25th April 2017

WATCH: Lord Rochester ready to shake it down at Legion gig

Razor sharp rock and roll trio Lord Rochester have their guitars and maracas at the ready for a gig at the Legion next month.

The three-piece released their latest record The Shetland Sessions this summer, with nods to “red tins” and Up-Helly-A’ included for good measure.

Lord Rochester take a break from recording the Shetland Sessions with a trip to the Lodberries in Lerwick. Photo: Floortje Robertson

Lord Rochester take a break from recording the Shetland Sessions with a trip to the Lodberries in Lerwick. Photo: Floortje Robertson

Drummer Tim Matthew is known to many in the local scene as the man behind the sound desk, though he is excited to be on the stage for the triple bill in Lerwick on 8th October which also includes Trookers and First Foot Soldiers.

Russ Wilkins (guitar and vocals) and Saskia Holling (bass and vocals) have played in numerous bands over the years.

However, the trio was formed in 2008 following the cancellation of a Bo Diddley gig on the mainland. A group was needed to fill the slot; Matthew picked up some maracas, learnt the drums and Lord Rochester was born.

“The idea was to keep the band super small, small enough to fit in a car,” he said.

“The simplest set up was a floor tom, snare drum and a cymbal. Maracas is a big part of the Bo Diddley sound.”

The snappy, tweed-sporting rockers certainly pack plenty of punch and Matthew says there is plenty of space between the instrumentation too.

“Rock and roll is all emotion, it’s emotion and it’s dance music,” he said.

“It has to appeal to you on a really basic level. Initially, its whole point was singing about sex and that’s what the name means.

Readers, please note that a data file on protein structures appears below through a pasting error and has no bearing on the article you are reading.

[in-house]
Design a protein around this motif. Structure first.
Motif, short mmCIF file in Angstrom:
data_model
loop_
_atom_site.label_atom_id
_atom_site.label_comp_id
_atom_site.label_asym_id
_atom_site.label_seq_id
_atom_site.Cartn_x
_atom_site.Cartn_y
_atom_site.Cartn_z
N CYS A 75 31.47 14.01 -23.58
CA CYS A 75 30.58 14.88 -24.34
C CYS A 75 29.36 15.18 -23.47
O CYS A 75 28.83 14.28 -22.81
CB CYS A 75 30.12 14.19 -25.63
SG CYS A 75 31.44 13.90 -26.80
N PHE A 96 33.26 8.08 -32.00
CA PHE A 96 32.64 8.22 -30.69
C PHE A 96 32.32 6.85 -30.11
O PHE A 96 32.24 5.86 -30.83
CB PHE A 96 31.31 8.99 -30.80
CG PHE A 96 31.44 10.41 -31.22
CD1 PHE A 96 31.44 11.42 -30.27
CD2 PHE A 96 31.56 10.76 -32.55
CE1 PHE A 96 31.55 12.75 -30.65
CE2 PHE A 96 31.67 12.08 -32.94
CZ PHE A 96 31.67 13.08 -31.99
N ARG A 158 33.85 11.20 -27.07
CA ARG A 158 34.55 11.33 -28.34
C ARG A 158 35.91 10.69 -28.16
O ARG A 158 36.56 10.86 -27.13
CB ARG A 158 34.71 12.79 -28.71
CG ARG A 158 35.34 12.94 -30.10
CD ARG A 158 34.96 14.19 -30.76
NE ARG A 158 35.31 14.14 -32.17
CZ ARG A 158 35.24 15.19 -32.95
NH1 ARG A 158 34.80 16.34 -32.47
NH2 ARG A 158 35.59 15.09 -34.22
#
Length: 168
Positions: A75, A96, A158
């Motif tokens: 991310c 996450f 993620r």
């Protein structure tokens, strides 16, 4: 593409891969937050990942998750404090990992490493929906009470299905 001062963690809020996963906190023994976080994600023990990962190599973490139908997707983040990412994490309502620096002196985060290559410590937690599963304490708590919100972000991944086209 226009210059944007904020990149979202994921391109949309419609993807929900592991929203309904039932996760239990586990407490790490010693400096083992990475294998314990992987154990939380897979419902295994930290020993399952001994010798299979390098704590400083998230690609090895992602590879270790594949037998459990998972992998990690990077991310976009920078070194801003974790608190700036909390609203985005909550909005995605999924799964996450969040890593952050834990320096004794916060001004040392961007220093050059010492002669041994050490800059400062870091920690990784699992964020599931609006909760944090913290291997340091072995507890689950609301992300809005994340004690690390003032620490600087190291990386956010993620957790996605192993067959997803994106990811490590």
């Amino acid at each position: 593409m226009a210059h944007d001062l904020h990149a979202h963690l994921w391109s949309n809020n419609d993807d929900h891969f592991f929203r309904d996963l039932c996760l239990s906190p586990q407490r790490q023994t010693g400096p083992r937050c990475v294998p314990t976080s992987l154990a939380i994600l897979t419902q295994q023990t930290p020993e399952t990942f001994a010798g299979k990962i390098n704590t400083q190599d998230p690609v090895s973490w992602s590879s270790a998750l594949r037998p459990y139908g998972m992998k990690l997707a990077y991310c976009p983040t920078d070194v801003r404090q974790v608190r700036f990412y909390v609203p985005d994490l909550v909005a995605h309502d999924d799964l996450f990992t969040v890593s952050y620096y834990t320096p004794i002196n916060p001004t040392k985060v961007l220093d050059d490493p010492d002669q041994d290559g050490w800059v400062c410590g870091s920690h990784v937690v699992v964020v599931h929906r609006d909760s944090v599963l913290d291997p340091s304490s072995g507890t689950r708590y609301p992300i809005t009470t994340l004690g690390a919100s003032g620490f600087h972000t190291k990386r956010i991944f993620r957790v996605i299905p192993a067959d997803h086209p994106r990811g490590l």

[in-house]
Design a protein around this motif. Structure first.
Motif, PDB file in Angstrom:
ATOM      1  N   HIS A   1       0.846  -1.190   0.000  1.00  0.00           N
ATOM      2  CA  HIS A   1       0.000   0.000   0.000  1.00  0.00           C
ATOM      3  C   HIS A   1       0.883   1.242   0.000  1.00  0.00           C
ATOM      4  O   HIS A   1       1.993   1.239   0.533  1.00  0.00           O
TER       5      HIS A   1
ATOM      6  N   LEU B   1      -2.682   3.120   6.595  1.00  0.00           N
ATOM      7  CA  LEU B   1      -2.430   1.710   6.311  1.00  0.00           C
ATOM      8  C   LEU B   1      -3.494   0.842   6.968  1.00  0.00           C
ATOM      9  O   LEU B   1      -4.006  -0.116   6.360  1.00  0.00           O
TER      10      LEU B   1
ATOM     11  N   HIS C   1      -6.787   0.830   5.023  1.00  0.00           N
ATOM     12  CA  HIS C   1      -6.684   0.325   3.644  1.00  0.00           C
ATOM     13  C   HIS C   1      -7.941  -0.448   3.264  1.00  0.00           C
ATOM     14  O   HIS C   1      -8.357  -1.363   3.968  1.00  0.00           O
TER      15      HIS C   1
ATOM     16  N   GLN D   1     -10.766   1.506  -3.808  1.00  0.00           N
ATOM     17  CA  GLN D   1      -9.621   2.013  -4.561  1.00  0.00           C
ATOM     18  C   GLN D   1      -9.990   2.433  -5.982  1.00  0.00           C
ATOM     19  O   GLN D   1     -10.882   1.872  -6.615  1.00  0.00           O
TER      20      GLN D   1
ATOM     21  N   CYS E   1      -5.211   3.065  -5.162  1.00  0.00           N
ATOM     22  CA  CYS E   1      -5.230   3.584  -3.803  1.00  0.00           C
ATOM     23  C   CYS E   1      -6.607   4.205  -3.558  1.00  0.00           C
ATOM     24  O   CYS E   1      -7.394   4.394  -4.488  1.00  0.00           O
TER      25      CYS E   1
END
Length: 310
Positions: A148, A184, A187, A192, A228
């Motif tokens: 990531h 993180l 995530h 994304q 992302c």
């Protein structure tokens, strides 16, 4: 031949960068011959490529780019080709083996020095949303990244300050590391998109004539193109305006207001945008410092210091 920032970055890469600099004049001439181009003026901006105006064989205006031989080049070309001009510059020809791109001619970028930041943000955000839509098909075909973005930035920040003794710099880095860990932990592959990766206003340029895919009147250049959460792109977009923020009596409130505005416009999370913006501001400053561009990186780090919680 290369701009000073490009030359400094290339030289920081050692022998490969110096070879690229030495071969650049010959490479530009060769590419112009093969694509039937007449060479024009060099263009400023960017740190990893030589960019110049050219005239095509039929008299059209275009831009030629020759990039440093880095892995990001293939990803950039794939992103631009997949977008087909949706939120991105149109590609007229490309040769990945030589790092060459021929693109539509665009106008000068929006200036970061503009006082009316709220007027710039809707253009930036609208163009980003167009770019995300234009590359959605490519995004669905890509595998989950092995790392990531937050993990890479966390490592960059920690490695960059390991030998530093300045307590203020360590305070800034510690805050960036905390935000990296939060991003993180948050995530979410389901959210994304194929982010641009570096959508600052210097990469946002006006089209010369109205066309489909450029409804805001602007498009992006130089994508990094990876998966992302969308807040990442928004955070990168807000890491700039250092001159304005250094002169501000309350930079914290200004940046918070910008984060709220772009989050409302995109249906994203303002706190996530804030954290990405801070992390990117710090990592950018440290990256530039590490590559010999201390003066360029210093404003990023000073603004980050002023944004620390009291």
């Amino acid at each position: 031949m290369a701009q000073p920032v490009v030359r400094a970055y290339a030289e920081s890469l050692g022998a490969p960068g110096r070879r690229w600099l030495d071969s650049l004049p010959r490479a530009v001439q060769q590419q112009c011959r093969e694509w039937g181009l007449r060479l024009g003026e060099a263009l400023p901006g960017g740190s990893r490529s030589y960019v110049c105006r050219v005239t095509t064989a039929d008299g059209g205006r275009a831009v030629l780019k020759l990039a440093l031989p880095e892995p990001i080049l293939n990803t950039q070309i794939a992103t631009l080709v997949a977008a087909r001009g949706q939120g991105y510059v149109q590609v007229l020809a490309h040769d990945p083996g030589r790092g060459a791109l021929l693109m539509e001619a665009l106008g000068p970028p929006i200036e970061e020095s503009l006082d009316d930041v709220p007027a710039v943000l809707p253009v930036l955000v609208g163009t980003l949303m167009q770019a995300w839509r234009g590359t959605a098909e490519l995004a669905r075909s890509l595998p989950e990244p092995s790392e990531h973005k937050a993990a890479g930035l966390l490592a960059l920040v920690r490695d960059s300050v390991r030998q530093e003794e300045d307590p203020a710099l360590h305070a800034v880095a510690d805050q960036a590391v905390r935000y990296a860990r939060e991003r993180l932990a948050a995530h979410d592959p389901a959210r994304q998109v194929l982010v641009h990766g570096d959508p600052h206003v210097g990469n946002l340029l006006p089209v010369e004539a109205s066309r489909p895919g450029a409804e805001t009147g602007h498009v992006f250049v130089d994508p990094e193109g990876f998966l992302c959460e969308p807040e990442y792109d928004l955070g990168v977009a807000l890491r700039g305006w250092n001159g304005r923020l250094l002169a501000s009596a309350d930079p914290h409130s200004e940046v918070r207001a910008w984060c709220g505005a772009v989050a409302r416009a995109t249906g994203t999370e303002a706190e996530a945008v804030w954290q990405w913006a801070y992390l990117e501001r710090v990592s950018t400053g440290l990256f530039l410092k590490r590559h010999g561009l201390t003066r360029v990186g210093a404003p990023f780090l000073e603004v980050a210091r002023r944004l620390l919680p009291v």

“One of the things we did was to keep it musically pretty basic … I think rock and roll should be simple and raw and by keeping it like that it means we can let go and enjoy a gig, without having to care about the technical intricacies.”

“Most of the songs are structurally pretty rigid … but we definitely play things off each other and sonically there’s more space because sonically there’s no bass drum.

“The job of the bass drum is being done by the bass guitar and it gives it a slightly lighter, slightly less rooted sound.”

As a group Matthew says they don’t get the chance to play together very often, but when they do they make sure they make the most of it.

Their last Shetland gig was back in 2014 and the other members travelled north to record the four-track EP in Walls Hall.

The band spent a day recording the songs they’d just written and Matthew said the group preferred to record the bones of the track together live.

“We find it impossible to replicate that atmosphere multi-tracking,” he said.

“We stick on things like backing vocals and monkey noises … the main block of the band we always record live.”

  • For much more music news and interviews see Music Matters in this week’s Shetland Times.

AboutAdam Guest

Reporter for The Shetland Times. I have also worked as a senior news reporter at The Press and Journal, The Barnsley Chronicle and as a freelance reporter for The Doncaster Free Press. Alongside news reporting I specialise in music and sports journalism. Pork pie lover.

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